Want to be an engineer or mechanic? Foundation has a scholarship for you
Published 12:57 pm Sunday, September 4, 2022
This is the 10th in a series highlighting the people and organizations behind the named scholarships administered by the Davie Community Foundation.
“We believe young people need to know something about the people for whom their scholarships are named. Hopefully, they will feel even more motivated to succeed,” said Jane Simpson, foundation president and CEO.
Rosa & James Clyde Cook Sr. Memorial Scholarship
Carolyn Cornelius, one of Mr. and Mrs. Cook’s daughters, and her husband Robert, started the scholarship fund in memory of her parents to help other kids pursue their dreams of becoming mechanics. Additional education is required since computer skills are now needed to work on vehicles.
Robert and Carolyn are both deceased, but their support of young people in the name of her parents lives on through the scholarship.
Robert Cornelius joined the Army shortly after he and Carolyn were married. He served two years as a M.P. at Fort Myers, Va., just outside of Washington, D.C. After his service with the Army, he returned to Davie County and went to work for R.J. Reynolds Tobacco as a lab technician. He is a former member of Smith Grove Fire Department, where he was assistant fire chief when the department first began.
He had a love for antique and classic cars; he owned three at one time. He was a NASCAR fan and loved hunting and working in his garden and yard.
Carolyn worked for the Hanes Knitwear division of Sara Lee for 37 years. This is where she met Robert, who was a sewing machine mechanic before he went into the Army. Carolyn ran a sewing machine for 18 years before becoming a supervisor and then assistant quality control manager before retirement. She was an expert seamstress, making all of her own clothes. She enjoyed sewing, crafts, and working in her yard and flowers.
Clyde and Rosa Cook
James Clyde Cook Sr. was born in 1900 and his wife was born in 1902. They had 10 children, five girls and five boys. Mr. Cook ran a garage at his home for many years, eventually moving his business to the corner of US 158 and Redland Road in Davie County. It was in the building attached to the grocery store owned by Mr. Duke and Effie Smith, now known as Andy’s Grocery.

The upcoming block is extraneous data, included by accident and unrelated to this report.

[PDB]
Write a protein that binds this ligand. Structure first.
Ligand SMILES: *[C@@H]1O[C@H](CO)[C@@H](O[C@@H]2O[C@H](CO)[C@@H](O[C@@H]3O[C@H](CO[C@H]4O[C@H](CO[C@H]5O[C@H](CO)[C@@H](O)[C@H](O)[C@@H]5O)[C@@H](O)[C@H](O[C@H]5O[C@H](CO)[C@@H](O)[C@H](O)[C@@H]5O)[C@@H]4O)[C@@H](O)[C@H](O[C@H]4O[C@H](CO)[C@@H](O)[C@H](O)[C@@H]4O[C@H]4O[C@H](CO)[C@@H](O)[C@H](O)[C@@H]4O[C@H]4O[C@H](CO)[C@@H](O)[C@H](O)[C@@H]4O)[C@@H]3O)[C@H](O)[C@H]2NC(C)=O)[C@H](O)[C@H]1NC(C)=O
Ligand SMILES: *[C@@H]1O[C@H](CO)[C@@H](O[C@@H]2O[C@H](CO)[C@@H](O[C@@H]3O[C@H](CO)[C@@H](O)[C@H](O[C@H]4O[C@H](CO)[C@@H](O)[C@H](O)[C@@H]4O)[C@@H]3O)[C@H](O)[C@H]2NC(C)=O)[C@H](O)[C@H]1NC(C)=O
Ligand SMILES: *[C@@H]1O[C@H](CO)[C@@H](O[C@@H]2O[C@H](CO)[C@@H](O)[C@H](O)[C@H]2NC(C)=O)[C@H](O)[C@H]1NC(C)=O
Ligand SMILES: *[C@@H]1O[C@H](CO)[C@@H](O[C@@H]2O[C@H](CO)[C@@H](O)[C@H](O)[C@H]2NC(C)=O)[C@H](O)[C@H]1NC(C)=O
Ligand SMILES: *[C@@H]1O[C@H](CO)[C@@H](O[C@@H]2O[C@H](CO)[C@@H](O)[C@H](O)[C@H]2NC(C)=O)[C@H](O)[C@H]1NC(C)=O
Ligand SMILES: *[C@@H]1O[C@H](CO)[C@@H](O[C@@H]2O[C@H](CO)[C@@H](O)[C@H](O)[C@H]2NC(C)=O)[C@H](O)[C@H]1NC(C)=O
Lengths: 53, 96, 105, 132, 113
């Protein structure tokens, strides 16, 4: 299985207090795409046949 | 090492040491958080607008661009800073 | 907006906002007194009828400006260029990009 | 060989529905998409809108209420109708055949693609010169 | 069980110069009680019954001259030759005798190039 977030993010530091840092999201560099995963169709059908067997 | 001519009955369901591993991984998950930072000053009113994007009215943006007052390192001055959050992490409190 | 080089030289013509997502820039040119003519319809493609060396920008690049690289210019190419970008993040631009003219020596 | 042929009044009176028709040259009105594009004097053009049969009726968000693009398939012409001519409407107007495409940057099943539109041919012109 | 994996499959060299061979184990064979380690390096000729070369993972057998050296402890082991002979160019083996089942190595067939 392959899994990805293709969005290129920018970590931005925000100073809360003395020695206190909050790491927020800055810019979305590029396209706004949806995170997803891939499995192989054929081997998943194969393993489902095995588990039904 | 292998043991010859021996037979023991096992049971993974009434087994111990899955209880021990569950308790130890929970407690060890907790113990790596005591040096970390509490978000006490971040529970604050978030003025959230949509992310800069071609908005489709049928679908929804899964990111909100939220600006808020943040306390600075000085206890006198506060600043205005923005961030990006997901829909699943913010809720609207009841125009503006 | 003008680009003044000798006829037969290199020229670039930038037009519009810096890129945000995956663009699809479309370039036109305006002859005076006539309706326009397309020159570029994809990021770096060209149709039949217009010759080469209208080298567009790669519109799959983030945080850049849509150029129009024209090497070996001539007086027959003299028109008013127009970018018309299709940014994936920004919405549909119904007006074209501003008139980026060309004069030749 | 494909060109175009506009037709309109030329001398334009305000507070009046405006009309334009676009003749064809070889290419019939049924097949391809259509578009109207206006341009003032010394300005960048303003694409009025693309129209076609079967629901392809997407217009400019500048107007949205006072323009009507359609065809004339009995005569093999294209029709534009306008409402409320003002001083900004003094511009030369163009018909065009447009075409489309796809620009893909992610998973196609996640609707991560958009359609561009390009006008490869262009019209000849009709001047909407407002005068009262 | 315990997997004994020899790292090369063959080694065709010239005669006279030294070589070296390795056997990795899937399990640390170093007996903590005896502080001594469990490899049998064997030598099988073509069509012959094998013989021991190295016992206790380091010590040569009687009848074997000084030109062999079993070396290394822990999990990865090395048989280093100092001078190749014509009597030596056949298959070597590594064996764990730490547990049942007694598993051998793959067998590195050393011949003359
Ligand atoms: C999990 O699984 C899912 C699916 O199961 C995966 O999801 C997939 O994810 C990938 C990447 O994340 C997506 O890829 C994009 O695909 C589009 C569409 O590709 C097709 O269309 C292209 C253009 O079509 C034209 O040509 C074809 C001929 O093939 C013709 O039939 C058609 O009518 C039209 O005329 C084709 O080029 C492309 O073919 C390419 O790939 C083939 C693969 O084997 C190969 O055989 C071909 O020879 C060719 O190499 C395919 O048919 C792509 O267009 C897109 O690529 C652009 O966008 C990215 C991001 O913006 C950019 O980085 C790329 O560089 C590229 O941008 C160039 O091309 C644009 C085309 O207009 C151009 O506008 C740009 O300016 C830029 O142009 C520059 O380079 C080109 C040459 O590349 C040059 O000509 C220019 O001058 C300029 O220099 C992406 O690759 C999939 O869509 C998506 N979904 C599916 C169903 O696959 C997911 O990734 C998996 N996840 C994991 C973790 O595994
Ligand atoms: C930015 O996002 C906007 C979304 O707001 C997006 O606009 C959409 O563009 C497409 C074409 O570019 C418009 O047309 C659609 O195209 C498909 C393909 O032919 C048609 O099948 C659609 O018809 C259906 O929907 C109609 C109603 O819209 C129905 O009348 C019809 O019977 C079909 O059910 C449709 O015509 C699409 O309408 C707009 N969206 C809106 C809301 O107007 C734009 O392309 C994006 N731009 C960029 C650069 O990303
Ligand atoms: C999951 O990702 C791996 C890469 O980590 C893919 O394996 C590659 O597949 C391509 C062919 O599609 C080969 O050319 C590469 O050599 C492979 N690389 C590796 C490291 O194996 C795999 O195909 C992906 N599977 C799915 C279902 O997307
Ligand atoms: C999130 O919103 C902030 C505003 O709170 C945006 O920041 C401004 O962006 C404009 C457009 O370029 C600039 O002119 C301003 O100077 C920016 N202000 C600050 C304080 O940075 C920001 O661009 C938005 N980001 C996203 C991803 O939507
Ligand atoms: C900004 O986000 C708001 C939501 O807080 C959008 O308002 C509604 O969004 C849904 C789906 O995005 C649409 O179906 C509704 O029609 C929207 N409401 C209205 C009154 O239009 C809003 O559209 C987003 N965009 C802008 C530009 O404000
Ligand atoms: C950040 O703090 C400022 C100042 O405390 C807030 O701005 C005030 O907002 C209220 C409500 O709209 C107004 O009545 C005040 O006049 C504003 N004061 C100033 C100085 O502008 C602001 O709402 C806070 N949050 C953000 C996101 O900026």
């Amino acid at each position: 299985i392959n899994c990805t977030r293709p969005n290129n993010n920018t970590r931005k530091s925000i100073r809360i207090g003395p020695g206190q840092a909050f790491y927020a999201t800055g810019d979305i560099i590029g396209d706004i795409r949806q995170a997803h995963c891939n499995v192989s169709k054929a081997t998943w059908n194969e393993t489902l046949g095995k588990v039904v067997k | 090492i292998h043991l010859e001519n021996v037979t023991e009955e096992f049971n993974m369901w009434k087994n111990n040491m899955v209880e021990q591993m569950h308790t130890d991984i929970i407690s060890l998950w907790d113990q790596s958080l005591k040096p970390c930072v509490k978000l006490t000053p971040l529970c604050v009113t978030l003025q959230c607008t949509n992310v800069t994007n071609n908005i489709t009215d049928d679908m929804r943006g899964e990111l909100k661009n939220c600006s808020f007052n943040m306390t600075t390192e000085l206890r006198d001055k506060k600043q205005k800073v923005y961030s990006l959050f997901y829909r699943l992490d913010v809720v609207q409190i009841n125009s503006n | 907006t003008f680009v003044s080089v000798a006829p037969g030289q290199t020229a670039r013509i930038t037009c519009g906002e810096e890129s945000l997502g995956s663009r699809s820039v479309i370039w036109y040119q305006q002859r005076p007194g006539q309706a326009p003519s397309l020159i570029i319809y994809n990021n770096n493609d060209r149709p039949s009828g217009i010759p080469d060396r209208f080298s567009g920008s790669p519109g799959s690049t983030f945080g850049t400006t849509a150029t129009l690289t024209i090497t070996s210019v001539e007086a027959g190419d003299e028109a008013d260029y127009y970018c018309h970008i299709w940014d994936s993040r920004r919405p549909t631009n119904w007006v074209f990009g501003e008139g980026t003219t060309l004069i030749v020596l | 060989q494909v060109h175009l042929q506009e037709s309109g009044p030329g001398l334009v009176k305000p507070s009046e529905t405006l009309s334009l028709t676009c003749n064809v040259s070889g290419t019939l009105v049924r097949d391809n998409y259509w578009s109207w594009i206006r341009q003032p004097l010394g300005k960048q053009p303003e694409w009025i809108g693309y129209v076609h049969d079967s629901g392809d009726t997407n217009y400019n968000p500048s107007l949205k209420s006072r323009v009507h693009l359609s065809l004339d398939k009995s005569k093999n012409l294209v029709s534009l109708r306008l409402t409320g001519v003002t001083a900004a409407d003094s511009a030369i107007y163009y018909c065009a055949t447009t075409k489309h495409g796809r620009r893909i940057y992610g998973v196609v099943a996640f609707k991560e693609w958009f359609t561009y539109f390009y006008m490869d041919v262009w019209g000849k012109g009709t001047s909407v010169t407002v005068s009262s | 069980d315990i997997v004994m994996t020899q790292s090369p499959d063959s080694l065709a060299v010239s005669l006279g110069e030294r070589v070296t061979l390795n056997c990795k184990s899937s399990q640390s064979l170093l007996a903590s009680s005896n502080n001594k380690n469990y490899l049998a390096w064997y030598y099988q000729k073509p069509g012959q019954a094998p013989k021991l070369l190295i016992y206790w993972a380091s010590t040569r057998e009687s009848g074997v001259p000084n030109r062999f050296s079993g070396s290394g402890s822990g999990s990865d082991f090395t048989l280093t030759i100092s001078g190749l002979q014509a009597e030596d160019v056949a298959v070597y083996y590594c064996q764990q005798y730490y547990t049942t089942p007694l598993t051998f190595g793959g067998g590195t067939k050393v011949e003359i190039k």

Mr. Cook worked on cars, trucks, and anything that needed fixing. In his day, Davie County was more farm country, so he worked on a lot of farm machinery. If something broke down, he fixed it. He even made parts for machinery if the farmer needed a part that wasn’t available, or the farmer could not afford to buy the new part. Mr. Cook was also an electrician, wiring many of the homes in Davie County when electricity first became available.
Mrs. Cook was a homemaker, helping raise the 10 children. She enjoyed working in her garden, yard, and her flowers.
They taught their children the value of hard work, trust, and respect for their fellow man. All five of their boys followed in their father’s footsteps, becoming mechanics, owning garages at their homes, working after hours from their mechanical jobs at other businesses and after retirement.
The girls were all homemakers and worked in the textile plants. After working hours, they came home and helped with housework.
Grady L. McClamrock, Sr. Engineering Scholarship
Grady L. McClamrock Sr. lived a charmed life; often describing his fortunate circumstances as living a “Fairy Tale Life.”
Grady grew up on a farm in Davie County as a country boy who knew nothing of life outside Davie, let alone North Carolina. As a high school senior, Grady was offered a scholarship to Virginia Polytechnic Institute and State University (VA Tech). He turned it down because he had no idea where Blacksburg, Va. was.
After one year of technical school, Grady went to work for Western Electric as a technician while he built a home and started a family. He took classes through NCSU Extension at night for eight years in pursuit of an engineering degree.
Grady was invited to become part of a group of elite engineers sent by Western Electric to solve problems around the country. They were called the “Promising Engineers” because they would “promise” you whatever you wanted to hear at their Monday morning meetings.
Grady’s group developed the first fully automated assembly lines, developed the technology necessary to go to micro circuitry, and Grady made the first cell phone call ever made. His group developed ideas and secured many patents during his 36-year career.
Grady operated the company “school” for seven years before he retired. He trained the technicians and engineers hired by Western Electric to actually do their job. Later he was asked to develop course outlines and course work for schools in every Western Electric location.
As he reflected on his life, Grady realized how fortunate he was to do all of the things he did. Grady passed away on Aug. 2, 2022. He wanted to be remembered not for his amazing career but for the generosity he showed others and the way he helped young people get a start in their own pursuit of an engineering degree.
To learn more about the foundation, contact Simpson at (336) 753-6903 or email@example.com or visit www.daviefoundation.org.